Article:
Credit card rule changes approved


UK credit card regulationsBritons' reliance on credit cards has become increasingly evident since the onset of the economic downturn. However, a number of recent studies have indicated that households are being stretched to the brink by rising interest rates and the threat of missing repayments. As a result, the government has confirmed a host of new regulations, which are designed to protect consumers and will be given statutory force as soon as possible.

Five new measures
The changes were originally mooted last year, when the Department for Business, Innovation and Skills launched a consultation. The first will see consumers' repayments attached to the most expensive debt first, while new customers will see their minimum repayment covering at least interest, fees and charges. In addition, Britons are being given the right to resist credit limit increases, plus the ability to reduce their limits whenever they choose. Furthermore, they will be granted extra time in order to reject interest rate or credit limit hikes.

Fourthly, credit card customers who are under intense financial pressure will be afforded detailed information regarding the impact of underpaying their bills. This alteration includes a greater responsibility on the part of lenders to make any interest rate or credit limit increases, and the options subsequently available to the affected consumers, crystal clear. The final change will see annual statements offering individuals the chance to compare credit card deals.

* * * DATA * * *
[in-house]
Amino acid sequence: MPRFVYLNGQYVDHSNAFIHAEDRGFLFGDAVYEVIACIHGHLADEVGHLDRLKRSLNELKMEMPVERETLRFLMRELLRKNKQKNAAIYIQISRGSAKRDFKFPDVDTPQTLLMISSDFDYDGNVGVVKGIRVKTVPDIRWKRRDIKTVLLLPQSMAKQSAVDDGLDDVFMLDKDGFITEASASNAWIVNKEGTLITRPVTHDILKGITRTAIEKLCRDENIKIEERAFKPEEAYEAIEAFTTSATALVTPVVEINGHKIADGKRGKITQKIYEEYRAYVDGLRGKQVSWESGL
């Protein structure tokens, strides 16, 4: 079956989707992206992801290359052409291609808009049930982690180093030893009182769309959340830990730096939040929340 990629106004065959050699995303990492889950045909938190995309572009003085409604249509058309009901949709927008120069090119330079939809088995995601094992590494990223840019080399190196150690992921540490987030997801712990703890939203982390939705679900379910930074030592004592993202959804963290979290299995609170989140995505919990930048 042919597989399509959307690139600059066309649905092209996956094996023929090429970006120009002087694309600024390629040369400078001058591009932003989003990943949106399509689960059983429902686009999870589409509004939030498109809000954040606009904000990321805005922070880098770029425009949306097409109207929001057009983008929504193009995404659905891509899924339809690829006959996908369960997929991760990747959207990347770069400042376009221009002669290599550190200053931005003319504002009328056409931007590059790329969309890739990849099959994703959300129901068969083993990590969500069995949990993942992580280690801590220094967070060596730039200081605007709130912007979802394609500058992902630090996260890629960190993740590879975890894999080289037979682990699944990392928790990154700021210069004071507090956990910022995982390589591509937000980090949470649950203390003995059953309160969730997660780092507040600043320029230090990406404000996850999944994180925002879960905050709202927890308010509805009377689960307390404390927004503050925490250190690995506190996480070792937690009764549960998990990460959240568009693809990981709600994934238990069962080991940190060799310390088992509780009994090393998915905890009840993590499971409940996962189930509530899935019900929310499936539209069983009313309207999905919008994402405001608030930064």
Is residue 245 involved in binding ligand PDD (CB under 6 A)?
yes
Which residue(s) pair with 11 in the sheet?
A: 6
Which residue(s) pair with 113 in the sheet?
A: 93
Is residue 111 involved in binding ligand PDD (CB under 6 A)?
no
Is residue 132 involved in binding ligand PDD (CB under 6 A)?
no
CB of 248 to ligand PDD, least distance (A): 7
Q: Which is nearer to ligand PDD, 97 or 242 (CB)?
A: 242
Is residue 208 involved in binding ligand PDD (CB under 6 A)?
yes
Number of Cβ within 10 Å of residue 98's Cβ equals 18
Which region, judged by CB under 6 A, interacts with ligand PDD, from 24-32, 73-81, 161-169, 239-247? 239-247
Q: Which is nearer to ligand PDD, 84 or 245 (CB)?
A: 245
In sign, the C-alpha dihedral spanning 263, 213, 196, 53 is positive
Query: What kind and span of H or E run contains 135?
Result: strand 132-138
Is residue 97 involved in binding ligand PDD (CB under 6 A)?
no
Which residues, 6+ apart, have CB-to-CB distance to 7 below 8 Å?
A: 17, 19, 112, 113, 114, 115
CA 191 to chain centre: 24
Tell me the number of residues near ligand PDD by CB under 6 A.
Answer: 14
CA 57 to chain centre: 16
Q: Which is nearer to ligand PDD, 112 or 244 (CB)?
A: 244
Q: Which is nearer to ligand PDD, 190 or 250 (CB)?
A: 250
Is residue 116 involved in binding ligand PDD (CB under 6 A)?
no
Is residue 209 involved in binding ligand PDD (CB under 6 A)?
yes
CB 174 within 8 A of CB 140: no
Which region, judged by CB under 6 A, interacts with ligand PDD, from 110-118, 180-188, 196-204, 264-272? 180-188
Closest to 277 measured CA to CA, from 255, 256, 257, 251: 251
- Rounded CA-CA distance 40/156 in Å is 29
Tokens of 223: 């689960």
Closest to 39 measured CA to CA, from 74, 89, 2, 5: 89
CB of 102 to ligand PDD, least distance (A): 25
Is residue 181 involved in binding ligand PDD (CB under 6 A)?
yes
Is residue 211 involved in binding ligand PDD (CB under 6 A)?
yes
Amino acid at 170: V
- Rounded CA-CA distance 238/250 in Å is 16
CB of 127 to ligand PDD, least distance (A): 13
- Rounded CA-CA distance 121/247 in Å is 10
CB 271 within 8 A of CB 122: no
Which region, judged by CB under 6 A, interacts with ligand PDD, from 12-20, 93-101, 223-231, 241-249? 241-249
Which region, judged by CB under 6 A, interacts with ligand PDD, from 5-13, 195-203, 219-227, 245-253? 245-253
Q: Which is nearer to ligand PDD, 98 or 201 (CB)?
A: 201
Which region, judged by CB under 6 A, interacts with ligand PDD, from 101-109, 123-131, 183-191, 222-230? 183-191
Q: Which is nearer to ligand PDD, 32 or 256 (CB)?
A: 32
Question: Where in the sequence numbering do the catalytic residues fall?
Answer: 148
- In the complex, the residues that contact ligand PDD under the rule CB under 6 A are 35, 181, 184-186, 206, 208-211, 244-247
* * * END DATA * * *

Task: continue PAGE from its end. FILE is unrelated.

Getting in control of finances
The news was welcomed by the UK Cards Association, which revealed that the changes will be incorporated into the Lending Code by the end of the year. Chair Melanie Johnson claimed that the body's evidence on unsolicited credit limit increases and the re-pricing of existing debt underlined the fact that small regulatory alterations were required, rather than a complete overhaul of the credit card industry.

"We believe that, overall, the outcome of the review is balanced and will give consumers the greater control and convenience that the industry and the government wish to provide," she said.

"Now that we have an agreement in place, we can focus on the important task of implementing these changes so that customers can benefit."

Tried and trusted
UK consumers' reliance on credit cards was underlined recently by the Bank of England, which revealed that a total of £61.5bn was owed to providers as of January 2010. While it is clear that the government is attempting to safeguard the most financially vulnerable families, the simple principles of budgeting remain. Britons should not over-estimate their income when applying for a credit card and should ensure that they will always be able to make at least the minimum repayment.

Published: 16 March 2010